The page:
I’m a white guy with two kids, currently living in the South. You might think that means I’m racist. Like most of us, I try not to be. Really, most people from all races living wherever try not to be racist, and yet most people are. I’m attempting to navigate the race issue with my kids, and I’m not entirely sure what I’m doing, so we’ll see what happens. Maybe you're in a similar situation with your own kids, and some of what I'm experiencing can help you to realize you're not alone.
Some context. I went to an elementary school that was around 50% minority. I didn’t get called racist until I was in fifth grade, and I didn’t even know what it meant. Confused, I asked my dad if I was racist. He said no, and that was that. But we lived in a neighborhood that was 90% white in a city that was the most segregated in the country (Milwaukee), so I’m pretty sure all that has crept into my adult life, even after having gone to a high school that was 80% minority. Maybe as a result, I don’t know. But this article is about my kids, and even though their experience is partially a result of my own, I want them to benefit from my perspective and (maybe) wisdom.
While watching James play basketball, Helena asked me loudly (and in front of plenty of black spectators) why black people are better at sports. I told her they play more. I could have gotten into theories in physical science or economics, but I figured that was enough. Of course, I also asked her why she thought it was true, and she said she’d looked at rosters of football and basketball teams, and most of the faces were black. Classic categorization by the human brain.Yes, the NBA is around 75% black, but that does not mean she can't play the sport. It also doesn't mean she needs a white player to be her favorite. With her size, she needs to emulate guards who were good, like John Stockton, Jason Kidd, Chris Paul, and Steve Nash, who's Canadian. And she better study up on Muggsy Bogues.
Within a few days of the sports question, James asked me why I call them black people. Helena and he had gotten in the habit of calling them brown and various other shades, as ways to identify students from their former school, where there were many shades of children. I told James I called them black because that’s what all the black kids I knew called each other. Sure, sometimes they’d rag on each other with such terms as midnight, smokey, or light skinded, but they were all black people to all of us, white and black, so that’s what I’ve continued to say. This is probably wrong, just as old TV shows seem out of touch with such terms as colored or negro, depending on the time period. I went PC in college because it seemed professors, most of whom did not seem to hang out with black people, wanted to call blacks African-American. Orientals were Asians. Mexicans and Puerto Ricans were Hispanic or Latino. I don’t even know. But my Native American friends still said they were Indians. And we might call an Asian friend an Asian Sensation rather than a Mental Oriental. Anyhow, I told James to ask his black friend what he called himself, or at least listen to what the kid called other black kids at school (when talking about them in an appropriate manner).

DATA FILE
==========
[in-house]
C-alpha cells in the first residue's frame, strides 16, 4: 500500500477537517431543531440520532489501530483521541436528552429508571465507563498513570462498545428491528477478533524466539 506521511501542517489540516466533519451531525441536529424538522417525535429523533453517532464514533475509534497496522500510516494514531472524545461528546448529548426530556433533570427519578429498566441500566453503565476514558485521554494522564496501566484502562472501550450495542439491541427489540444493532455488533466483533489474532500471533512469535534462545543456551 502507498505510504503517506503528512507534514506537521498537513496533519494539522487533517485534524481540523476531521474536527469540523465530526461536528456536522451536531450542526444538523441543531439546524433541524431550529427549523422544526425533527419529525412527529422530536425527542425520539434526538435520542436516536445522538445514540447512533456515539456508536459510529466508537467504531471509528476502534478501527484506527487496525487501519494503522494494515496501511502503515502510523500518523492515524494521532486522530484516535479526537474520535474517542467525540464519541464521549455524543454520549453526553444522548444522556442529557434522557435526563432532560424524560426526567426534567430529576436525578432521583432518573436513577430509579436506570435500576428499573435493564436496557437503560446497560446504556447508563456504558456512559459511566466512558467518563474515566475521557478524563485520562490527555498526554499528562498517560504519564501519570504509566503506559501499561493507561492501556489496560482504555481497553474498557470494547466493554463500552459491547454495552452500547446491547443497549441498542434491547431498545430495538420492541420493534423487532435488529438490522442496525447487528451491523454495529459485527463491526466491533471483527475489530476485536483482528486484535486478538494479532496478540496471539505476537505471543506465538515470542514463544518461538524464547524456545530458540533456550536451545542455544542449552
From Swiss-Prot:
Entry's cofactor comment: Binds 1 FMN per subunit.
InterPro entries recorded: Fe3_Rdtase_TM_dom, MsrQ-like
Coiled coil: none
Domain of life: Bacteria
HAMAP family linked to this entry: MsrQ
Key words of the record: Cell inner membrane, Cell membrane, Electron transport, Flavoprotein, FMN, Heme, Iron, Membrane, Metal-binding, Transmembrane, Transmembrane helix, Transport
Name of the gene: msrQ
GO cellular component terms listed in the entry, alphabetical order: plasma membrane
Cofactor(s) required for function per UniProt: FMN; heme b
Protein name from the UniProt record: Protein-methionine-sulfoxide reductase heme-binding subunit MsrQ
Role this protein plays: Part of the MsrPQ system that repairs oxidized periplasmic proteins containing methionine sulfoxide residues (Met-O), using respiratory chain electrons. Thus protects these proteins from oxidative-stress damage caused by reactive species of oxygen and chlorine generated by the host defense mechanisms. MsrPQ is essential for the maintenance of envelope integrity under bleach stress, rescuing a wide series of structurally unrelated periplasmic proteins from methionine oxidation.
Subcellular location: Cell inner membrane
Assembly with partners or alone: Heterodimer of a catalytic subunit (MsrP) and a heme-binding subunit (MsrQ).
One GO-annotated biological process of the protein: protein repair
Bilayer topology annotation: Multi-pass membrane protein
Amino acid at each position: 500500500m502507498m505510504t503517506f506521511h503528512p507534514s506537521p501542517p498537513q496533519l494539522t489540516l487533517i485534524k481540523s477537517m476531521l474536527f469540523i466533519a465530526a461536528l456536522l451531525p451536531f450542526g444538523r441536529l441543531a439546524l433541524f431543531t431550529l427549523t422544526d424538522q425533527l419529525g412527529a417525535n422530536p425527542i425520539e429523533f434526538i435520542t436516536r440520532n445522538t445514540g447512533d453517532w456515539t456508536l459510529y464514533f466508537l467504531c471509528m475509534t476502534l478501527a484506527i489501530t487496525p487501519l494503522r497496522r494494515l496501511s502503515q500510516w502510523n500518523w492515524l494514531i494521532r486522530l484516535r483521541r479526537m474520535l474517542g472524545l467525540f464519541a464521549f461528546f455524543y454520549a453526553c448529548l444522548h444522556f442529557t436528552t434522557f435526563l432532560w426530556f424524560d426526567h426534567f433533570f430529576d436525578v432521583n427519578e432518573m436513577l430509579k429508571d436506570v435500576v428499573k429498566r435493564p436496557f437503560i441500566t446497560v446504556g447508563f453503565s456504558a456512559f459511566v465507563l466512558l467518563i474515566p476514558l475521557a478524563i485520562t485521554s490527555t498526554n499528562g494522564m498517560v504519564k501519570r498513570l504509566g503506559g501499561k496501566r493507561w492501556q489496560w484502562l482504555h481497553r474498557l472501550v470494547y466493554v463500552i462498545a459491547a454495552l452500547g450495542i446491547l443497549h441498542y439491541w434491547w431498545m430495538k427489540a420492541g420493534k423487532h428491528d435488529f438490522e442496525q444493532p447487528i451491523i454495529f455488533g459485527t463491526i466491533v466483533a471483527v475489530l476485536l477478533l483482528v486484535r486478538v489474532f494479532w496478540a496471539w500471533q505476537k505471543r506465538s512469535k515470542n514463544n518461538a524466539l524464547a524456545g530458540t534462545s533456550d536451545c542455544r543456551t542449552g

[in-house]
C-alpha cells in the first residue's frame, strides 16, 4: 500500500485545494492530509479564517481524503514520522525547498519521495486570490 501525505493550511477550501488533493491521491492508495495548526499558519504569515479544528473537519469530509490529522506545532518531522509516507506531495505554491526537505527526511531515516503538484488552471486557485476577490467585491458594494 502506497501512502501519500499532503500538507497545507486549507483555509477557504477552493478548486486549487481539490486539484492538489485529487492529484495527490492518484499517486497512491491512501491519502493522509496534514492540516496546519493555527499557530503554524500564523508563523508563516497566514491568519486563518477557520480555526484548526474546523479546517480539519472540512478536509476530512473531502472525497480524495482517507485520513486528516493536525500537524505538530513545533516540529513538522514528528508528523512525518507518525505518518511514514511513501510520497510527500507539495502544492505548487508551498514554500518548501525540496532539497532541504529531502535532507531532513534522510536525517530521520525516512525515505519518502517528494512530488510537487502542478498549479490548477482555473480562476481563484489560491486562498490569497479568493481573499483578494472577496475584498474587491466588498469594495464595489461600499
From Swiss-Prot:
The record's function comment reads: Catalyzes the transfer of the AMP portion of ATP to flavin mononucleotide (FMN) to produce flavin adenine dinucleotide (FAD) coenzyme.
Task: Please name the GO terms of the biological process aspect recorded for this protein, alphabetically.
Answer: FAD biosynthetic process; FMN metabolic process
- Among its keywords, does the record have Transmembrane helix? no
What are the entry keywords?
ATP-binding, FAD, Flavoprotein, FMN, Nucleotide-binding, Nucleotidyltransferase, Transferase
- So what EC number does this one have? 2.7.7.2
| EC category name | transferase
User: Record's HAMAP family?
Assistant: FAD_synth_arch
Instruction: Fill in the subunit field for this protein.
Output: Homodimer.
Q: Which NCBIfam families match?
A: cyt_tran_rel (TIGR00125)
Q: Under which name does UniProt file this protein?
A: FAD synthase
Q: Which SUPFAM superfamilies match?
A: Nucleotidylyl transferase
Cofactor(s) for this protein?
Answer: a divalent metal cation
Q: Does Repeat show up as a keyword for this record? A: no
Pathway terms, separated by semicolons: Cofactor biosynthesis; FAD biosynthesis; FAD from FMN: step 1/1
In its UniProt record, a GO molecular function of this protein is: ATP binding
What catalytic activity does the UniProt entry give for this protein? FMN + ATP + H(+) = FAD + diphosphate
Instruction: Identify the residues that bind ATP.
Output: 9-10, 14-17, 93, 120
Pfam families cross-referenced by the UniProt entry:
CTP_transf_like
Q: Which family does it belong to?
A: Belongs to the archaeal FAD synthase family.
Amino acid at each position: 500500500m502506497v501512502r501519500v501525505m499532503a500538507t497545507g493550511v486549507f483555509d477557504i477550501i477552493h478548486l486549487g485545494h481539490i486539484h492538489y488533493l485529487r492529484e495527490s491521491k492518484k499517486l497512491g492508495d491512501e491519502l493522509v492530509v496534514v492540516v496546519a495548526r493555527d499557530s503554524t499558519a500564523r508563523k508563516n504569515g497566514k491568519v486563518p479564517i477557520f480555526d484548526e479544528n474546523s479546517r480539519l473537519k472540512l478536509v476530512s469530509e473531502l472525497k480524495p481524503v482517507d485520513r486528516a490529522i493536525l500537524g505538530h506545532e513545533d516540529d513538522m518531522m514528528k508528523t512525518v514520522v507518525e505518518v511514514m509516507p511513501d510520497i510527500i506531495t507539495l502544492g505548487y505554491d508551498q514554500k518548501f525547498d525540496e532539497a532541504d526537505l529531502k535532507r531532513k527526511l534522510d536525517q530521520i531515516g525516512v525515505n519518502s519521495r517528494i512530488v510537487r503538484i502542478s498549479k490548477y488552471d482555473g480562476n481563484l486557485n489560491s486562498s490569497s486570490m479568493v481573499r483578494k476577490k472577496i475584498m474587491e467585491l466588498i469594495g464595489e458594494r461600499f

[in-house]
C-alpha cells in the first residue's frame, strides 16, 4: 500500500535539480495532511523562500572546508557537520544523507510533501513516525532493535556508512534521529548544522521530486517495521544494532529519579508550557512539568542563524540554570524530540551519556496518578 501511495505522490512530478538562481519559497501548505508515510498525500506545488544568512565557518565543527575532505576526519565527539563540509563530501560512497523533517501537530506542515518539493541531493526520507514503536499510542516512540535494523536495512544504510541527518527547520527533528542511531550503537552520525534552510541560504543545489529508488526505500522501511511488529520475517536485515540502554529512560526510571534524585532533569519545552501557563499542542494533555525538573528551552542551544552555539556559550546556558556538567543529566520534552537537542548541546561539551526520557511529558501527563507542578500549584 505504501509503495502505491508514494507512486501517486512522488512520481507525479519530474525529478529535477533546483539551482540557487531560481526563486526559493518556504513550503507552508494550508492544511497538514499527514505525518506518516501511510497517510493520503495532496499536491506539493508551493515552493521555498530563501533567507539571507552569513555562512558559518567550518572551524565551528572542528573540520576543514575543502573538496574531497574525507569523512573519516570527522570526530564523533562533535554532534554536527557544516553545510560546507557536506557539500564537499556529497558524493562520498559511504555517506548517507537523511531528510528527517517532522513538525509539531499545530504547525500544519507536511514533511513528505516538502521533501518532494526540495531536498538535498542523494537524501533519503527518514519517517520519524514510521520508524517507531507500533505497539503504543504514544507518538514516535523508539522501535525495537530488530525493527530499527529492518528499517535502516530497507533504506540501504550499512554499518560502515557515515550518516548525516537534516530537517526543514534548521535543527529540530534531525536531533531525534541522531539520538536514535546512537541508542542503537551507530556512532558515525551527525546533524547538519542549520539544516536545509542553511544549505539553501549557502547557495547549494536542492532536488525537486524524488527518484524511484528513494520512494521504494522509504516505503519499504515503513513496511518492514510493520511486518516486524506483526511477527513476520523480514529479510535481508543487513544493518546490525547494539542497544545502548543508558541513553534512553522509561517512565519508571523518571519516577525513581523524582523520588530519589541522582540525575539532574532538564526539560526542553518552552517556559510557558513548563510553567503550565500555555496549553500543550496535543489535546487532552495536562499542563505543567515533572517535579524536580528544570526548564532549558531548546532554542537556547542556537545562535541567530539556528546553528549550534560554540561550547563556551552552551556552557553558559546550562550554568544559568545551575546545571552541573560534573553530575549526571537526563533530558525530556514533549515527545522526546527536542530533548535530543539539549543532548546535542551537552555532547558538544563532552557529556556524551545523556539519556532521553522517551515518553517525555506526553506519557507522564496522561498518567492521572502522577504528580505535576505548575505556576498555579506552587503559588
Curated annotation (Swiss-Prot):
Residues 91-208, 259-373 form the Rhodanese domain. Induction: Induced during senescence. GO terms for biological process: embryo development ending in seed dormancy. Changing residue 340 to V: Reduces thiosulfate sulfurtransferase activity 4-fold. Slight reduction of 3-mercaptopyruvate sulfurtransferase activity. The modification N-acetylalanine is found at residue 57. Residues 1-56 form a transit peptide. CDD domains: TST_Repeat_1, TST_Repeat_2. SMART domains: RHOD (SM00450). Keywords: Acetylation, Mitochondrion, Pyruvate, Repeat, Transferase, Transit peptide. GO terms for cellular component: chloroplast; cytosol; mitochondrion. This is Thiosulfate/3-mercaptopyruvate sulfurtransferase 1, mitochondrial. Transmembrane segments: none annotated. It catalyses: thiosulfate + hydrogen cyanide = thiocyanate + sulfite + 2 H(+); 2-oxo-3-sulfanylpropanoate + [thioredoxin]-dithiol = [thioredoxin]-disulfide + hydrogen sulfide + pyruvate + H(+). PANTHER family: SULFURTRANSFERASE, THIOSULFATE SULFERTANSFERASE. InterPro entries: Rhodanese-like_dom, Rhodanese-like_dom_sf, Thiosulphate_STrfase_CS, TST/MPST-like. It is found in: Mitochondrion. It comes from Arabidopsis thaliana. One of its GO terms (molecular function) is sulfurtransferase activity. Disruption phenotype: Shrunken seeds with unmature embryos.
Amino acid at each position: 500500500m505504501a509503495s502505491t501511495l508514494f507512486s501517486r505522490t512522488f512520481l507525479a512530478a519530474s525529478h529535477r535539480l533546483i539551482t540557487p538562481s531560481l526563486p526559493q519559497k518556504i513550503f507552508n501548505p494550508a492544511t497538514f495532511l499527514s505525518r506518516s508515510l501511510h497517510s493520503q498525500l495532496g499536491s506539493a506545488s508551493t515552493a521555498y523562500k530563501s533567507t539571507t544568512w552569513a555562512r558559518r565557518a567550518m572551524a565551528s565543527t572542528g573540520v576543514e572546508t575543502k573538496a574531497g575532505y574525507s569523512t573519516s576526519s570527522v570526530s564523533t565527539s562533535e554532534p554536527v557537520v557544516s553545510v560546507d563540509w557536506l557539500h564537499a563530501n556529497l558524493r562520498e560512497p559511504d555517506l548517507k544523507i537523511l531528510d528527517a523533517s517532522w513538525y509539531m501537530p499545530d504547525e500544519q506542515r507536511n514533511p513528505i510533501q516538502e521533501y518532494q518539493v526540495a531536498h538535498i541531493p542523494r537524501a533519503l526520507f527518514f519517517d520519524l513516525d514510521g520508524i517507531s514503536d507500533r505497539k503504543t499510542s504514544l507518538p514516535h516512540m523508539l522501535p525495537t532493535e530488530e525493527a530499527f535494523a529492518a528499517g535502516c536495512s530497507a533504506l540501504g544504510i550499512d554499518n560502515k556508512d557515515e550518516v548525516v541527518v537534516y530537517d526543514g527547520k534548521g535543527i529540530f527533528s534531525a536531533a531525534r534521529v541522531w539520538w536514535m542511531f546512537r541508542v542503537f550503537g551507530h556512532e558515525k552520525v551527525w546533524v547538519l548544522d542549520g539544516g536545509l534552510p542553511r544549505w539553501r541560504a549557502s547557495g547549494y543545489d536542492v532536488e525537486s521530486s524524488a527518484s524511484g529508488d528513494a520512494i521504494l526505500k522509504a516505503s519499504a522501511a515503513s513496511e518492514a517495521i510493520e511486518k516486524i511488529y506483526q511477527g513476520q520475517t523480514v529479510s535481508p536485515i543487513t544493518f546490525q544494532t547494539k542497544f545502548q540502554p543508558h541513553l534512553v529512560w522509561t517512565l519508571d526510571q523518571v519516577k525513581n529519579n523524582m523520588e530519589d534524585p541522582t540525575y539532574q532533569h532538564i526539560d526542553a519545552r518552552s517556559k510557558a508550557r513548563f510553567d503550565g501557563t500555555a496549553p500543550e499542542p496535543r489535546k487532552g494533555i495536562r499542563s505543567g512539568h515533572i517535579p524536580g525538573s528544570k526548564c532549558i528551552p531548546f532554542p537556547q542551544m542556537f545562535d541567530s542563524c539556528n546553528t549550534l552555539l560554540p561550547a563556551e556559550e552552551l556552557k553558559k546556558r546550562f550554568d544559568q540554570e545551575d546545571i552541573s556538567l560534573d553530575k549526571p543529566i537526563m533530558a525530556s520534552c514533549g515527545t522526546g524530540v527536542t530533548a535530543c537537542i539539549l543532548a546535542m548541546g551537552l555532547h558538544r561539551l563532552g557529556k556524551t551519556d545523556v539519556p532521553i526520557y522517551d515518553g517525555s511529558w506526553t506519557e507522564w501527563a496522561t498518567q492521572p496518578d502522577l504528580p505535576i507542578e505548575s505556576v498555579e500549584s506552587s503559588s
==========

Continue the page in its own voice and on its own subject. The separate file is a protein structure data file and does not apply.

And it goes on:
That’s when the N-Word came up. James said that his black friend at school hated it when people called him some N-Word. Helena did not know what the word might be. James said he heard someone say it, and it was “Nit.” At least that was what he thought he heard. Channeling Monty Python and the Holy Grail, I said, “Nit! Nit! Nit!” And then I realized that if James thought that was the word, I better not encourage him to say it, so I told him not to say that in front of his black friend.
Obviously, I’ve done a decent job of ridiculing other people of all races without exposing my kids to words that might hurt. However, my kids are total white bread. Complete cracker honkeys. And they can see the surface differences. Now, I have to figure out how to educate them, and it goes beyond identifying words we don’t use in our household. Or observations we don’t make out loud. I’ve met some very racist people who have never once called someone a Nit, some of whom have said I was racist for wanting to speak frankly about race, social class, or economics. These folks might read this article and think I’m racist. Words and public comments are the obvious ways of identifying issues with race relations, but it’s the ideas that we all hold (and don’t tell) that are much more powerful. These ideas are confirmed by news stories or our favorite political debates. For some kids, the ideas are confirmed by parents, extended family, government institutions, church, social media, or wherever opinions might be present. I can’t protect my kids from hearing the words or seeing the differences, but I’ll try to show them what I’ve learned about people so that they see why we’re all racist.